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“My biggest fear was that Nita would never walk!”

Health Prevention Rehabilitation

Un Sonita, known as Nita, was born with clubfoot. When she was just a baby, she started treatment at Humanity & Inclusion’s Kampong Cham rehabilitation center in Cambodia. Nita has now made a complete recovery!

A little girl

Un Sonita at her family's home in Cambodia. | © C. Jury / HI

Phon, Un Sonita's grandmother, remembers the day she was born as if it were yesterday. It was November 6, 2019. The happiest day of her life.

"Un Sonita was the first baby to come into the family, so you can imagine how happy I was for my daughter who was becoming a mother for the first time and for me as a grandmother".

Un Sonita lives with her parents and grandparents in a small wooden house surrounded by banana trees and bamboo in a village half an hour by tuk-tuk from Kampong Cham, Cambodia’s third largest city. Phon explains the story of her family:

"My daughter had to leave school at a very young age because we couldn't afford to send her and we needed money to live on. She came to help me in the cashew fields. My daughter and her husband work hard every day to bring us food. They do one odd job after another, and today they had to drive 7 hours to get to their new construction job.”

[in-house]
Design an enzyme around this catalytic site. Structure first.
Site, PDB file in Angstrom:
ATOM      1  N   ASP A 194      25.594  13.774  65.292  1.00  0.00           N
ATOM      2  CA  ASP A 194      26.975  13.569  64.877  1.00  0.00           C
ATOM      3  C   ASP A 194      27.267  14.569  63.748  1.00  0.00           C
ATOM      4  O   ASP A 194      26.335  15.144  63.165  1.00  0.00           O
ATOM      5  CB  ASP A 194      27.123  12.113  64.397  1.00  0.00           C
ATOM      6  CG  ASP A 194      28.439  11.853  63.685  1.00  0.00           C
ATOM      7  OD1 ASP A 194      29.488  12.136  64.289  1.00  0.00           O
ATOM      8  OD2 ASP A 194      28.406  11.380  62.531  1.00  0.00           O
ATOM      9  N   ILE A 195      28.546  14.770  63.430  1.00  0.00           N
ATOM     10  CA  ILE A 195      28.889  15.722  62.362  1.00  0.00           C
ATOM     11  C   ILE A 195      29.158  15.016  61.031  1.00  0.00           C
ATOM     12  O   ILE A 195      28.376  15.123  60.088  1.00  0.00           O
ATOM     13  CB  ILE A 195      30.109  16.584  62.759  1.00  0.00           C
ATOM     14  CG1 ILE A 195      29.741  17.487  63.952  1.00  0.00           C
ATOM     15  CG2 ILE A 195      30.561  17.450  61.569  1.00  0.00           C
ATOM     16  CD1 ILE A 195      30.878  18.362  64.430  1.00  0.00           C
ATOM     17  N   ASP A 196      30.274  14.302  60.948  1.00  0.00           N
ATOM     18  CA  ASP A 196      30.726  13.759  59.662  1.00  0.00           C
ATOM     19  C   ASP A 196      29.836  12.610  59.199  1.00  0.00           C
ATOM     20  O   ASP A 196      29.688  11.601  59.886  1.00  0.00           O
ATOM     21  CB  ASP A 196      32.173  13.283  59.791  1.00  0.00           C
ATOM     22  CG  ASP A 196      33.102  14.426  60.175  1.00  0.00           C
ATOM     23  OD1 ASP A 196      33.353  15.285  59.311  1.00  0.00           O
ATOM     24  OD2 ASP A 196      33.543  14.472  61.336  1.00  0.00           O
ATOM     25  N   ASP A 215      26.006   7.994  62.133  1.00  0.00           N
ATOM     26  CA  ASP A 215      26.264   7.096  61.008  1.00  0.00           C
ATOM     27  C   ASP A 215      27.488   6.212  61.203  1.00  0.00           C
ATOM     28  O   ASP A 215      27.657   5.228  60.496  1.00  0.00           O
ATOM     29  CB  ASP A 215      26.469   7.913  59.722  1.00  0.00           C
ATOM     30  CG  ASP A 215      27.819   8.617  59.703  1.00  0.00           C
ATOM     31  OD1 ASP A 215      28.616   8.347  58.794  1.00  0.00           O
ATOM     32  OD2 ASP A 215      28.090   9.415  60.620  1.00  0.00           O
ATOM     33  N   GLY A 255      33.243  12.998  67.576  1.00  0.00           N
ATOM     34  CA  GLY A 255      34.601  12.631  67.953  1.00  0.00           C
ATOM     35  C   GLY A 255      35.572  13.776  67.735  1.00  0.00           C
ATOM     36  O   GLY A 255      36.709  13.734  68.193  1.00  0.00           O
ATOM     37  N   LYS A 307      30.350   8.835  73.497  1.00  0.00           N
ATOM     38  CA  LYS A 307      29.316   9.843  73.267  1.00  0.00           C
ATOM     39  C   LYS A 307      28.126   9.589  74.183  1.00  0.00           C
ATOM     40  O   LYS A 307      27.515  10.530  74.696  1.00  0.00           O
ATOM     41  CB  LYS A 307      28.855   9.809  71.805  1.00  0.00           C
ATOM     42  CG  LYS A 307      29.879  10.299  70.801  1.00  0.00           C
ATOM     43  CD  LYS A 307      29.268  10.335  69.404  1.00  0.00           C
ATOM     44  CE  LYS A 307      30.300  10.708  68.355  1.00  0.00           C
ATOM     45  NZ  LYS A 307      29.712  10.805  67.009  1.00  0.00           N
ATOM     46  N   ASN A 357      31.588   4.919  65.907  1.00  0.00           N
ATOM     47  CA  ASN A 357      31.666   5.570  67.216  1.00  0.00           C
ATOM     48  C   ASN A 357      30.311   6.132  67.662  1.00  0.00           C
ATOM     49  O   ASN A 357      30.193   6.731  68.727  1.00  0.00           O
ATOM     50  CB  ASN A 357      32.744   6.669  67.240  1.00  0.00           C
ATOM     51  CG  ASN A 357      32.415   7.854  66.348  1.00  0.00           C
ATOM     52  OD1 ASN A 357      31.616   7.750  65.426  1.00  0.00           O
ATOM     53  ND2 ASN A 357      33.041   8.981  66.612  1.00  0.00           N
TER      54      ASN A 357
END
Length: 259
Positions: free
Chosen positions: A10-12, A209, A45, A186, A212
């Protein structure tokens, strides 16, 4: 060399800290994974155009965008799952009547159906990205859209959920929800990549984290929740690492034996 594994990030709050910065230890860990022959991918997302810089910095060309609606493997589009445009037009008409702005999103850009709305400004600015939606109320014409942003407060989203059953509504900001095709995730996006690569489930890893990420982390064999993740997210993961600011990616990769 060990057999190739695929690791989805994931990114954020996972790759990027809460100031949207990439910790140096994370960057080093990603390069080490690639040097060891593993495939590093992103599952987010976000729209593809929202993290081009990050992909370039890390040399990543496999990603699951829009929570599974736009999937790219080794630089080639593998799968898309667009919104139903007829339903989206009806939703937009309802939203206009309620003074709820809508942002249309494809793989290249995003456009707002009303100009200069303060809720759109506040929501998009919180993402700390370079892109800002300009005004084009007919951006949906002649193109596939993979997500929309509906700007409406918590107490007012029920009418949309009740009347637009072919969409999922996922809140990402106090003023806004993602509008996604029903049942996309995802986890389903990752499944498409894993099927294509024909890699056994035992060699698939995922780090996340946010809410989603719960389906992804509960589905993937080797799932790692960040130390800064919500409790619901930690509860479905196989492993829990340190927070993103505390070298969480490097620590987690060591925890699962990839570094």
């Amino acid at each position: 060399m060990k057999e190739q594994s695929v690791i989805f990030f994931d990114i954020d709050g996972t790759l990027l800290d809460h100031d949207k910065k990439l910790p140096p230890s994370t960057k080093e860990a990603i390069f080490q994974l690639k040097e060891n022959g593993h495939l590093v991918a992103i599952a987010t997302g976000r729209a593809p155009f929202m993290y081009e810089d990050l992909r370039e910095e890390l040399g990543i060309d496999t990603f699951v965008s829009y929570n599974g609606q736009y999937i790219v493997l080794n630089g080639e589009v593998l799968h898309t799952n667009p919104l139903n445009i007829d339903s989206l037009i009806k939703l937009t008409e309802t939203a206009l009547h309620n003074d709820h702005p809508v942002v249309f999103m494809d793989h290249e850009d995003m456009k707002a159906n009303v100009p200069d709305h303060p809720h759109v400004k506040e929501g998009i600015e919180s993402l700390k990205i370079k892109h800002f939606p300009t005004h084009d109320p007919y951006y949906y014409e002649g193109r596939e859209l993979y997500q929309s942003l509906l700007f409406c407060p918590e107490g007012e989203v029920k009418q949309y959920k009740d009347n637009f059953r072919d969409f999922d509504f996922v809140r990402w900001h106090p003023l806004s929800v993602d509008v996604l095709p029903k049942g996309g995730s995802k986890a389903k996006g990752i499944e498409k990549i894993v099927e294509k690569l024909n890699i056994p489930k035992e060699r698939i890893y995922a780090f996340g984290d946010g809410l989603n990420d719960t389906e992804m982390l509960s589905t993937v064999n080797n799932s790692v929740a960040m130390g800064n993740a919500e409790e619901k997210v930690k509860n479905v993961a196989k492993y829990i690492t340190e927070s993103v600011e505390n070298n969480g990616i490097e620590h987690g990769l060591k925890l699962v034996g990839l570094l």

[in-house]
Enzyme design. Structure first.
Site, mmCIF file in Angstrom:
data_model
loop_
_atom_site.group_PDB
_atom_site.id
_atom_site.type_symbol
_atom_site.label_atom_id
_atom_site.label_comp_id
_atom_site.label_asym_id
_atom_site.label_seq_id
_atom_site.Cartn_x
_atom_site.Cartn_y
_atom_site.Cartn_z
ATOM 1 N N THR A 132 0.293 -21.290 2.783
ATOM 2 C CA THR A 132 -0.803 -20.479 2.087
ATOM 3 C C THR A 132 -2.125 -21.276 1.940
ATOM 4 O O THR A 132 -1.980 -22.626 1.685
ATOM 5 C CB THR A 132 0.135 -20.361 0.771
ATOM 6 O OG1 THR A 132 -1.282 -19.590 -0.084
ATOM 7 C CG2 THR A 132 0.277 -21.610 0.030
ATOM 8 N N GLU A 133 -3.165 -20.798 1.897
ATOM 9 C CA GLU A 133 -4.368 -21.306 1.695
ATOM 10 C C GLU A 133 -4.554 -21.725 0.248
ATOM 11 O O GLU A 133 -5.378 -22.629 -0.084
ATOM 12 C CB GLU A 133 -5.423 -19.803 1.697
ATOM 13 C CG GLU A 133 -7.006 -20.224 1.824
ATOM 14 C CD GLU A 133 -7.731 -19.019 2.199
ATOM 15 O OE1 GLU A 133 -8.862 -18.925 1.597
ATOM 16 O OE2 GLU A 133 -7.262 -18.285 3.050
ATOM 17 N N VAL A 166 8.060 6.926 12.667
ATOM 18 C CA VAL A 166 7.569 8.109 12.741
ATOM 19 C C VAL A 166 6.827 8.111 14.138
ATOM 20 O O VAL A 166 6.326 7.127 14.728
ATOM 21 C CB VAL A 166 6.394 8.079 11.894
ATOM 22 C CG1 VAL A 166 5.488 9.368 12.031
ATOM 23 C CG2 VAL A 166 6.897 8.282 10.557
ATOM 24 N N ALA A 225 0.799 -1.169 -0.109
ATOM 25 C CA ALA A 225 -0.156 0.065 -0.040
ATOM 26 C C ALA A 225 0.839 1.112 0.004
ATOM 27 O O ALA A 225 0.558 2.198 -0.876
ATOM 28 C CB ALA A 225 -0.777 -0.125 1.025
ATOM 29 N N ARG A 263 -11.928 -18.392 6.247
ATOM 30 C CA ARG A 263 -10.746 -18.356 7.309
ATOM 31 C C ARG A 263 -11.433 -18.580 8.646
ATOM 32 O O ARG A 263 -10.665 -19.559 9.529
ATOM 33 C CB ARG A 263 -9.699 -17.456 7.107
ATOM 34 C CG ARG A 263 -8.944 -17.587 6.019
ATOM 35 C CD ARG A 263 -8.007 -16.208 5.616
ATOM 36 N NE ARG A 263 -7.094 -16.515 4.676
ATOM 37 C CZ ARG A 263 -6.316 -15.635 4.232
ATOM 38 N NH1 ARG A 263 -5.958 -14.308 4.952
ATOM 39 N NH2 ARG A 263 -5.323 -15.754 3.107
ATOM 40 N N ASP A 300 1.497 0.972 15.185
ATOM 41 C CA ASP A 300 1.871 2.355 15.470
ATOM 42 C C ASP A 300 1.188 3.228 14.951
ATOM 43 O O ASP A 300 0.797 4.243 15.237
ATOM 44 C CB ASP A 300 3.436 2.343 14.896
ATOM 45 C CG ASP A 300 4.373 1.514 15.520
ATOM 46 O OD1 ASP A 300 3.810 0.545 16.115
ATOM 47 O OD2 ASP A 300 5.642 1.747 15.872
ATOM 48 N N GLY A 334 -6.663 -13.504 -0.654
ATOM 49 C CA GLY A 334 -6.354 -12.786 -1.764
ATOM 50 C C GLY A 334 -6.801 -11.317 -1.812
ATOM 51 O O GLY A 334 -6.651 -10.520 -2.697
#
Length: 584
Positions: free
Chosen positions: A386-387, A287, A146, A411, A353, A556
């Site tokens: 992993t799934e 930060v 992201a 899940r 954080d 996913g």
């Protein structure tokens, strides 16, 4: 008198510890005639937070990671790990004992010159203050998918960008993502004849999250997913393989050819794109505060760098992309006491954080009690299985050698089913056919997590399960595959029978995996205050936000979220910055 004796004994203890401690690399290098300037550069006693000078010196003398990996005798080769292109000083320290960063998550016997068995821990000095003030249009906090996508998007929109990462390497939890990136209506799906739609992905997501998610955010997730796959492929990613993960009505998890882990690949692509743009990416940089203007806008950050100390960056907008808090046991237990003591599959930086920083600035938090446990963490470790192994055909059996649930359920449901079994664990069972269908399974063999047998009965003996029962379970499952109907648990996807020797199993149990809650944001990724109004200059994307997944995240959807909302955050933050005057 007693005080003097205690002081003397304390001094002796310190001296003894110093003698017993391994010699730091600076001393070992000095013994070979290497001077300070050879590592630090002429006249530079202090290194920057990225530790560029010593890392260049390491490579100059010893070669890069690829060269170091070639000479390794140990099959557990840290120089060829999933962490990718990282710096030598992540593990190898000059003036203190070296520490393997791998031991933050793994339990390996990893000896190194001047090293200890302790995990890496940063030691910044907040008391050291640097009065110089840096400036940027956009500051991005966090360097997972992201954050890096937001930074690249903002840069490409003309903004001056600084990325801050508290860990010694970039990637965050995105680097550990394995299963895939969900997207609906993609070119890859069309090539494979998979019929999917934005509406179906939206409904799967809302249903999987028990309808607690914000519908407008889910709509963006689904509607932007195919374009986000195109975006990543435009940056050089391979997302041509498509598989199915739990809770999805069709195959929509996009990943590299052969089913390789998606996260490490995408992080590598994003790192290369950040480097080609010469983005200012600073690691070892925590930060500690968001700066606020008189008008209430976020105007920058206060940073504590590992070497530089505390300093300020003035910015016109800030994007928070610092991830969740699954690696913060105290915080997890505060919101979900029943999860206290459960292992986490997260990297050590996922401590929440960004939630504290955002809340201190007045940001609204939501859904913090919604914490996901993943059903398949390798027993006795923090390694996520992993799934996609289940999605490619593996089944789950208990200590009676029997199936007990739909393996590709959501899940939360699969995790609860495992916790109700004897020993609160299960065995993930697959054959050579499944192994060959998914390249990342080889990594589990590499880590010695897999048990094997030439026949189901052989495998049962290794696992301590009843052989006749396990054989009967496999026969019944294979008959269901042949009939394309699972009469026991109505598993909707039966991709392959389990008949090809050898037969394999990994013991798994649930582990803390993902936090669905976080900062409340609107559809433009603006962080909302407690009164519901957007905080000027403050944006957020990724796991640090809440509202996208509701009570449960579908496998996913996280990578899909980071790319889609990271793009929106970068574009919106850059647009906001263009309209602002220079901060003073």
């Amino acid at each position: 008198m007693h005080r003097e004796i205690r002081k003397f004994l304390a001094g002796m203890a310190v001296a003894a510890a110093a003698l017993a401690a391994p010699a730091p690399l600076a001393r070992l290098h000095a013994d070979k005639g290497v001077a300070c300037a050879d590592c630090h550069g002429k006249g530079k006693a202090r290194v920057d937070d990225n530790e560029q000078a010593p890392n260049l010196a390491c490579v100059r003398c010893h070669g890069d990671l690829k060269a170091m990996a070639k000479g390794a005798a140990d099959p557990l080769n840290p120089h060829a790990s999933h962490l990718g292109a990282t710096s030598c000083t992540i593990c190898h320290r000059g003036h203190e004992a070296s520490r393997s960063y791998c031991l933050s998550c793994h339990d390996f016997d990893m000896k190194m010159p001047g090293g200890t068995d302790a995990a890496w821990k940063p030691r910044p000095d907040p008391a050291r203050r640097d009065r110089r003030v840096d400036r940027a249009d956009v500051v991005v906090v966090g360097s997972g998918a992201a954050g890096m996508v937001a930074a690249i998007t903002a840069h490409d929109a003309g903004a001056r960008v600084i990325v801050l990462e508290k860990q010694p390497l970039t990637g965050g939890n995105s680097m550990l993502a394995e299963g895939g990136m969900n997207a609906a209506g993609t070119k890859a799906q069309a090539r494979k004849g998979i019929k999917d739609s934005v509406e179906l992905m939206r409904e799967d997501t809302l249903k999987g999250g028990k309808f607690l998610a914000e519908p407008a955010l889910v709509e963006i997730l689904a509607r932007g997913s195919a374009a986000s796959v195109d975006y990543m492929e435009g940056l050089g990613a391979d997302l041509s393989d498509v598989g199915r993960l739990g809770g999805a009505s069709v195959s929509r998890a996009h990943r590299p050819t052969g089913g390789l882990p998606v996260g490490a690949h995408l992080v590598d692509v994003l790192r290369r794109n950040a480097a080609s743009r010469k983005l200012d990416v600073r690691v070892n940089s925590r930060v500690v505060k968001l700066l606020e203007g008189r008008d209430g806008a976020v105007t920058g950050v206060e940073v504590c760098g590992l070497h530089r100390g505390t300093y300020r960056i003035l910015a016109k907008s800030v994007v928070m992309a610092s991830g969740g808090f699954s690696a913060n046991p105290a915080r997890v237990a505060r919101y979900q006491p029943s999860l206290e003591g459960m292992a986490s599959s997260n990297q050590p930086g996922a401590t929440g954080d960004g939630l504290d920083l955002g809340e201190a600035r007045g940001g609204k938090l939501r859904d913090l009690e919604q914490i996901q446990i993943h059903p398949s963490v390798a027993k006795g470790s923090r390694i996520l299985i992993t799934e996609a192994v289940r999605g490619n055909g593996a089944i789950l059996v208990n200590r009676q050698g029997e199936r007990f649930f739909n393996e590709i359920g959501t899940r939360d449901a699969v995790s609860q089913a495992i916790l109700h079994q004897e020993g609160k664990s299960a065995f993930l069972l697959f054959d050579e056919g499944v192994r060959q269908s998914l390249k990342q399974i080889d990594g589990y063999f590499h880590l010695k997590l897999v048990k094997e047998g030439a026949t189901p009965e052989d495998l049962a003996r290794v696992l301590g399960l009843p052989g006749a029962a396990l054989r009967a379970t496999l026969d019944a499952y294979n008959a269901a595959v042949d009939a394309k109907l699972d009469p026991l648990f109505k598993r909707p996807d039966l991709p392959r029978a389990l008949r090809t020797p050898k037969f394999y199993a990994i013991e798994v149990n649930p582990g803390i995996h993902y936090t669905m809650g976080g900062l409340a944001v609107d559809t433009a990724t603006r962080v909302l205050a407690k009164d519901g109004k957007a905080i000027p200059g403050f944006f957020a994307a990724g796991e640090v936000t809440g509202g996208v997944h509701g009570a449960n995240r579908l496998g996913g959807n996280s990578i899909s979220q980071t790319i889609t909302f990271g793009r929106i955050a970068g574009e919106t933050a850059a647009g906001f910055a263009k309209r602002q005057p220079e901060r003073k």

For those close to her, Nita's arrival was a blessing. But just a few days after her birth, during a medical visit, the specialist examined the baby and noticed that one of her feet was rotated inwards. He quickly made the diagnosis: Un Sonita had clubfoot.

"He quickly explained what it was, but I didn't understand everything. We were all in a panic, and my biggest fear was that Nita would never be able to walk! We didn't know what to do, who to contact."

On the doctor's advice, Nita's mother and grandmother took the baby to the village clinic where they learned about HI's rehabilitation center in Kampong Cham. Phon explains that their lives changed when they met HI’s medical team.

After spending some time in a cast, the little girl was fitted with an orthopedic splint with booties to keep her clubfoot rotated outward. As she grew, HI's teams gradually adjusted the splint until her foot was straight and she could walk properly.

"Today, my granddaughter runs all over the place. She's fully recovered and, for me, it's a dream come true. My hope is that she will be able to go to school and complete her education, maybe even go on to higher education because we never got that chance."


Dozens of children like Un Sonita are being cared for at the HI rehabilitation center in Kampong Cham province, Cambodia, thanks to support from the Ministry of Foreign Affairs of Luxembourg.


Vimean Sron, head of physical therapy at the Kampong Cham rehabilitation center in Cambodia recalls Nita's diagnosis:
"I remember the first time our teams met Un Sonita, accompanied by her mother and grandmother. She was so small, a newborn. Her malformation was very severe.

"Talipes equinovarus, commonly known as clubfoot, is a birth defect affecting one or both feet. It is twice as common in boys as in girls. Early diagnosis and treatment are very important. Babies feet are still soft and flexible. Treatment is therefore simpler and less painful and there is a strong likelihood of a positive outcome.

"On the other hand, if treatment is delayed too long, the defect may worsen, become extremely debilitating and even prevent the child from walking."

Date published: 06/01/23


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